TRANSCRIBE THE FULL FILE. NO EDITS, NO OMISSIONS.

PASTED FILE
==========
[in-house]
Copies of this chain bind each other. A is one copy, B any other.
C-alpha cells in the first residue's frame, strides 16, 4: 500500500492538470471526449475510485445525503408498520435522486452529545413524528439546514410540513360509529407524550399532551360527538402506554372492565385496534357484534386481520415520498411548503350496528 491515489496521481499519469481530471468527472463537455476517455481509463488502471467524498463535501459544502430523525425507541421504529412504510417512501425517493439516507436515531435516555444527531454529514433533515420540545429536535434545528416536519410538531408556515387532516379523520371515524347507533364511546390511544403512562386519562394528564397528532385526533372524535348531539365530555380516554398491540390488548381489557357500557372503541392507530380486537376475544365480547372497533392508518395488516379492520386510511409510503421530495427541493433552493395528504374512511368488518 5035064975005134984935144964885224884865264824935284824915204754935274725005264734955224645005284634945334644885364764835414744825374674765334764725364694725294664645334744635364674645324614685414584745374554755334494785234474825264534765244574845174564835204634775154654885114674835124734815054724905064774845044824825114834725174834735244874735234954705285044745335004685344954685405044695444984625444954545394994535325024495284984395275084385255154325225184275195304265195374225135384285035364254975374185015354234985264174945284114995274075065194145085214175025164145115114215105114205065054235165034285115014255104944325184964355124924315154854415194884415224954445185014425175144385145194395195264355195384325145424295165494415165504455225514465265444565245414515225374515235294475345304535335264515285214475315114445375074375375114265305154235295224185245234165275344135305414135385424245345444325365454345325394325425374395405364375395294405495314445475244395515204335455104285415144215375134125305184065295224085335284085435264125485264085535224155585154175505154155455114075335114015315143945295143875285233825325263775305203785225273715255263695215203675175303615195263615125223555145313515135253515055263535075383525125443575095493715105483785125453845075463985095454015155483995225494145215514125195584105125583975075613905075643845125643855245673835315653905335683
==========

[in-house]
Copies of this chain bind each other. A is one copy, B any other.
C-alpha cells in the first residue's frame, strides 16, 4: 500500500492538470471526449475510485445525503408498520435522486452529545413524528439546514410540513360509529407524550399532551360527538402506554372492565385496534357484534386481520415520498411548503350496528 491515489496521481499519469481530471468527472463537455476517455481509463488502471467524498463535501459544502430523525425507541421504529412504510417512501425517493439516507436515531435516555444527531454529514433533515420540545429536535434545528416536519410538531408556515387532516379523520371515524347507533364511546390511544403512562386519562394528564397528532385526533372524535348531539365530555380516554398491540390488548381489557357500557372503541392507530380486537376475544365480547372497533392508518395488516379492520386510511409510503421530495427541493433552493395528504374512511368488518 5035064975005134984935144964885224884865264824935284824915204754935274725005264734955224645005284634945334644885364764835414744825374674765334764725364694725294664645334744635364674645324614685414584745374554755334494785234474825264534765244574845174564835204634775154654885114674835124734815054724905064774845044824825114834725174834735244874735234954705285044745335004685344954685405044695444984625444954545394994535325024495284984395275084385255154325225184275195304265195374225135384285035364254975374185015354234985264174945284114995274075065194145085214175025164145115114215105114205065054235165034285115014255104944325184964355124924315154854415194884415224954445185014425175144385145194395195264355195384325145424295165494415165504455225514465265444565245414515225374515235294475345304535335264515285214475315114445375074375375114265305154235295224185245234165275344135305414135385424245345444325365454345325394325425374395405364375395294405495314445475244395515204335455104285415144215375134125305184065295224085335284085435264125485264085535224155585154175505154155455114075335114015315143945295143875285233825325263775305203785225273715255263695215203675175303615195263615125223555145313515135253515055263535075383525125443575095493715105483785125453845075463985095454015155483995225494145215514125195584105125583975075613905075643845125643855245673835315653905335683